Friday, September 24

The son of a New Zealand minister interrupts his mother in an interview to show a “strangely shaped” carrot

New Zealand Minister Carmel Sepuloni has become the latest public figure to suffer an embarrassing and unfortunate incident while making a live video call, after her son interrupted his television interview to show the entire audience a strangely shaped carrot.

The video, which the same minister shared on her social networks, adds to the number of online television interviews interrupted by irrepressible children, an increasingly common genre in the era of COVID-19, with the passage of interviews and face-to-face meetings to video calls.

“That moment when you’re doing a LIVE interview via Zoom and your son walks into the room screaming and holding a deformed carrot with the silhouette of the male parts,” Sepuloni tweeted. “Yeah, we almost fought over a carrot in front of the camera, and yeah, even though I’m laughing at it now, I wasn’t doing it at the time!”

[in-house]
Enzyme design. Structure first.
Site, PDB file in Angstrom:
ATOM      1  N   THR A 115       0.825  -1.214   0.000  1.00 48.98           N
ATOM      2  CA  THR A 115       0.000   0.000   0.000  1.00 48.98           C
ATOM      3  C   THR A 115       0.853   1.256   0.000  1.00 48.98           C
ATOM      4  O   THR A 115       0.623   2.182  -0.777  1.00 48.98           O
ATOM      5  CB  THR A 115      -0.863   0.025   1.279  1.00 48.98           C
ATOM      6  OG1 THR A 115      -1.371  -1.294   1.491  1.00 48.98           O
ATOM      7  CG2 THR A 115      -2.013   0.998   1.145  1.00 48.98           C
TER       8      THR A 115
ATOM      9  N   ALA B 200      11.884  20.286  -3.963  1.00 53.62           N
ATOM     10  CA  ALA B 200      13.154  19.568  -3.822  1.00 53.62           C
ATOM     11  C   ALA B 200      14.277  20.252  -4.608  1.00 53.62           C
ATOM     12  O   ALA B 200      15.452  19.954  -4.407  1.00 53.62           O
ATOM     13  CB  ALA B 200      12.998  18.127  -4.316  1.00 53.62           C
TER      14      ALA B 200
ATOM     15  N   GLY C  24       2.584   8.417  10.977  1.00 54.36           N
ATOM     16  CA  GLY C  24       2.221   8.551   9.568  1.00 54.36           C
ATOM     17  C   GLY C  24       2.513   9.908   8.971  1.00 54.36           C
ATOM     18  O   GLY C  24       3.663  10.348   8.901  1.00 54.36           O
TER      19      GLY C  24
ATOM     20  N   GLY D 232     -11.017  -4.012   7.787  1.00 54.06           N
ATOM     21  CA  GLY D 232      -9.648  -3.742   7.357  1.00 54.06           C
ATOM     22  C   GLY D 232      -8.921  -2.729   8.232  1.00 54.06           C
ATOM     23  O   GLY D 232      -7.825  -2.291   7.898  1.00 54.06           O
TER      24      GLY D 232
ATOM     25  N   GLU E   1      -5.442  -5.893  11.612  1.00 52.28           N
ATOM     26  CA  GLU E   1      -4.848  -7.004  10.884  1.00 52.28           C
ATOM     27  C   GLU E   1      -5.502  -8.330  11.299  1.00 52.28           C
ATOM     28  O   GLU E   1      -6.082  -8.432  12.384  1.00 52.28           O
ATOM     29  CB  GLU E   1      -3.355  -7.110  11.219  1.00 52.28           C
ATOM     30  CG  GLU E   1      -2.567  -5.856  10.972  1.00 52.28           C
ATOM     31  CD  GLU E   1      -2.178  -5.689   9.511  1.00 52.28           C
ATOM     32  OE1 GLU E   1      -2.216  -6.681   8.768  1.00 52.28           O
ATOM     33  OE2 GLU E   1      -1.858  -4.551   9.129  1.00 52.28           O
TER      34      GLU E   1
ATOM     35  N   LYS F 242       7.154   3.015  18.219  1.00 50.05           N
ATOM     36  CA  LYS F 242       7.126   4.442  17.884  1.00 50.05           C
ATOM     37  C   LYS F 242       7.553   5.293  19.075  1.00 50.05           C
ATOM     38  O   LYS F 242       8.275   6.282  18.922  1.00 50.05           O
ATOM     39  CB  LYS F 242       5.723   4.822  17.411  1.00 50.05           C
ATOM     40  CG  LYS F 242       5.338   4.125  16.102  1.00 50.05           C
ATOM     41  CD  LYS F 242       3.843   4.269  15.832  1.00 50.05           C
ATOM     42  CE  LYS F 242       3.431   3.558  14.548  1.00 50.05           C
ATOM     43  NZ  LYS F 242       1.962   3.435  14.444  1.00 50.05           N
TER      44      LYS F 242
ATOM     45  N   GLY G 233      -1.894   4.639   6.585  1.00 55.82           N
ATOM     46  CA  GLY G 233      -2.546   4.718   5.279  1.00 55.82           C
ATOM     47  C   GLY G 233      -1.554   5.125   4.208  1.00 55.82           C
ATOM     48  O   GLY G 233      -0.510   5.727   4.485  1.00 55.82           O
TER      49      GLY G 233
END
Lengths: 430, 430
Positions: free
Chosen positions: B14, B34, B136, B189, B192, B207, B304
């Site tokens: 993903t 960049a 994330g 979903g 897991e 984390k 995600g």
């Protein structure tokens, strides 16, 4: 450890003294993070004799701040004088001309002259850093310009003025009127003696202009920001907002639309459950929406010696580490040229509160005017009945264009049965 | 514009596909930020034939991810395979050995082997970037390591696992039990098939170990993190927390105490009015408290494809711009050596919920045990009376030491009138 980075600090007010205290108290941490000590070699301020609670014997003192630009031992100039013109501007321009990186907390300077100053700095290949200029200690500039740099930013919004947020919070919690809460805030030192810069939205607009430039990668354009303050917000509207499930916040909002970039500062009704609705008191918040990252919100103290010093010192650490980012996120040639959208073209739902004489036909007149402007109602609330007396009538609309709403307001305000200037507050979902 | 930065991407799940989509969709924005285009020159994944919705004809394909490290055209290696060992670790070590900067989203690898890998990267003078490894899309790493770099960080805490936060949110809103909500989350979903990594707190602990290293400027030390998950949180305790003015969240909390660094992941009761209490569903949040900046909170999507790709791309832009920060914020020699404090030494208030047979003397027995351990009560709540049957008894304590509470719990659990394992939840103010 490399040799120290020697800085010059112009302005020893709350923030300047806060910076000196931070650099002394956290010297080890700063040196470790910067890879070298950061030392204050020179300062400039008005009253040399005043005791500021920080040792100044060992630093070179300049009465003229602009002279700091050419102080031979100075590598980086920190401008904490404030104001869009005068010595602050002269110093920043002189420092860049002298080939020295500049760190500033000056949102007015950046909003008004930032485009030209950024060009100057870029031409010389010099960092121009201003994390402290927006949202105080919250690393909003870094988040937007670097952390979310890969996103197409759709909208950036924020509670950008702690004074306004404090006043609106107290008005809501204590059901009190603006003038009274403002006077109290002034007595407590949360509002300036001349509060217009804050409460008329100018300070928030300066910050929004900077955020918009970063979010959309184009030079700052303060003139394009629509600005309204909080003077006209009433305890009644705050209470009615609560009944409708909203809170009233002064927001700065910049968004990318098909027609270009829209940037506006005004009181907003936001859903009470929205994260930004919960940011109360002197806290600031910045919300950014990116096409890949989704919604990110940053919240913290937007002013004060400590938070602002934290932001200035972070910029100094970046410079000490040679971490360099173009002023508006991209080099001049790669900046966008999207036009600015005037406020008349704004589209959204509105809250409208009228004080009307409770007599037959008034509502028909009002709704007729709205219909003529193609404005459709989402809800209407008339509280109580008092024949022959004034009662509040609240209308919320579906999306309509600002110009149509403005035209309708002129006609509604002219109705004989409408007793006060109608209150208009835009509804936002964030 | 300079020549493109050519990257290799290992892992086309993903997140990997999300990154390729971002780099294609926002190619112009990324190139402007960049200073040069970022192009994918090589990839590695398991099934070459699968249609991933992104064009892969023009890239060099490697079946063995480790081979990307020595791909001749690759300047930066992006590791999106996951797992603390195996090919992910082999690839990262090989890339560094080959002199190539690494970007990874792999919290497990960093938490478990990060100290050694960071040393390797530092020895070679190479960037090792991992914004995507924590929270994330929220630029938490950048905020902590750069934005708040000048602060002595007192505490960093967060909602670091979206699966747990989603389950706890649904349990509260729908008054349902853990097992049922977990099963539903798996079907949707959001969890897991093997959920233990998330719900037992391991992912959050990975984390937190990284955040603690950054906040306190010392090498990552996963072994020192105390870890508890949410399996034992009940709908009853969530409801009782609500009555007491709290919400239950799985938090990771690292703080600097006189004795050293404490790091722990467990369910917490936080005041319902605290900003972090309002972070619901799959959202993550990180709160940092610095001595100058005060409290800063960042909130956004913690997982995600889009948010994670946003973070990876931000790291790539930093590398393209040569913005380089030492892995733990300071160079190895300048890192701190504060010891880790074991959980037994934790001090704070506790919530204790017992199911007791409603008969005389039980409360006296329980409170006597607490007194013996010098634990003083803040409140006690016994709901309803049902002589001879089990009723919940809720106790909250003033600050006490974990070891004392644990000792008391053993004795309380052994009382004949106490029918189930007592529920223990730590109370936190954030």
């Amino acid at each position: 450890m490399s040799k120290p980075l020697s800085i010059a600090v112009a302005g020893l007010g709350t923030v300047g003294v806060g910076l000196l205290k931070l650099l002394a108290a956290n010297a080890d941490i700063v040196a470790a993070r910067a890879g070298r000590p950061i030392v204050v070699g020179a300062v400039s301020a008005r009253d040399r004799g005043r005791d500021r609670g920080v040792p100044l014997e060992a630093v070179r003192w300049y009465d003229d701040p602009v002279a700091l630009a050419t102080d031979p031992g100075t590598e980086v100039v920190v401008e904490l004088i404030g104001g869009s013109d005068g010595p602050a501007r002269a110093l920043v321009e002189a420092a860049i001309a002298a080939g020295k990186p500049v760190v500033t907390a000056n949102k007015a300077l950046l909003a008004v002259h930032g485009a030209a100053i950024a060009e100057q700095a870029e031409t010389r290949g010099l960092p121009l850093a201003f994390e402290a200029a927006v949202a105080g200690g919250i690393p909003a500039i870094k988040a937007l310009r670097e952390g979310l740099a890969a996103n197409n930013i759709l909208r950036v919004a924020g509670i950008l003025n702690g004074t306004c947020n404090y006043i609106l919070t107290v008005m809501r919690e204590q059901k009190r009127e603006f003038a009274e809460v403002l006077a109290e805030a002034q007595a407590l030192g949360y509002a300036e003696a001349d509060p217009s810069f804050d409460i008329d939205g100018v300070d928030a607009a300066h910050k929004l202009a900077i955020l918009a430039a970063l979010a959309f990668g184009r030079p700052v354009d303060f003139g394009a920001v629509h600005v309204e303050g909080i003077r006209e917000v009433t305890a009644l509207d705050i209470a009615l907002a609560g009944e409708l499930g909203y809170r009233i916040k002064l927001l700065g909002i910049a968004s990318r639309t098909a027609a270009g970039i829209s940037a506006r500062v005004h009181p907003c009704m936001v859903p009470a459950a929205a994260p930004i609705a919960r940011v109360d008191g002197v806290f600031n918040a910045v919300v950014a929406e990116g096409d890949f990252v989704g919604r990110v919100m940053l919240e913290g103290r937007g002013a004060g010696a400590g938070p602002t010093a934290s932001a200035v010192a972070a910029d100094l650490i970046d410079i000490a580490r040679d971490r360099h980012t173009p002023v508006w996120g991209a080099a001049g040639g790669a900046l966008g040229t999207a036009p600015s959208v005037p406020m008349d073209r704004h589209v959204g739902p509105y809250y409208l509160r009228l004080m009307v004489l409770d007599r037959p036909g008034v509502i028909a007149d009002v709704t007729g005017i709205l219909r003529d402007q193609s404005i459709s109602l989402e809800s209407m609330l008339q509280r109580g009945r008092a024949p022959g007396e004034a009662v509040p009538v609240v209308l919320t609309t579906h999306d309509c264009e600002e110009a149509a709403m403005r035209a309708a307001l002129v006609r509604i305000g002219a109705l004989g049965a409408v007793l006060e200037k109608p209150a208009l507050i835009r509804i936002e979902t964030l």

New Zealand remains at level 4 lockdown, whereby all but essential workers must stay home and schools across the country are closed. Sepuloni wanted to send a greeting to all the parents who combine the education of their children at home with teleworking. “Encourage all those who work from home and are parents at the same time: I understand you!”. In addition, the minister has assured to have learned a lesson: “Note for me: I will not return to buy the package of carrots with strange form”.

Among the most famous examples of television interviews interrupted by children are that of Professor Robert Kelly, whose children came in while he was live on the BBC talking about South Korean politics, and that of Sky News’ foreign affairs editor, Deborah Haynes, whose son demanded “two cookies” during her live report.

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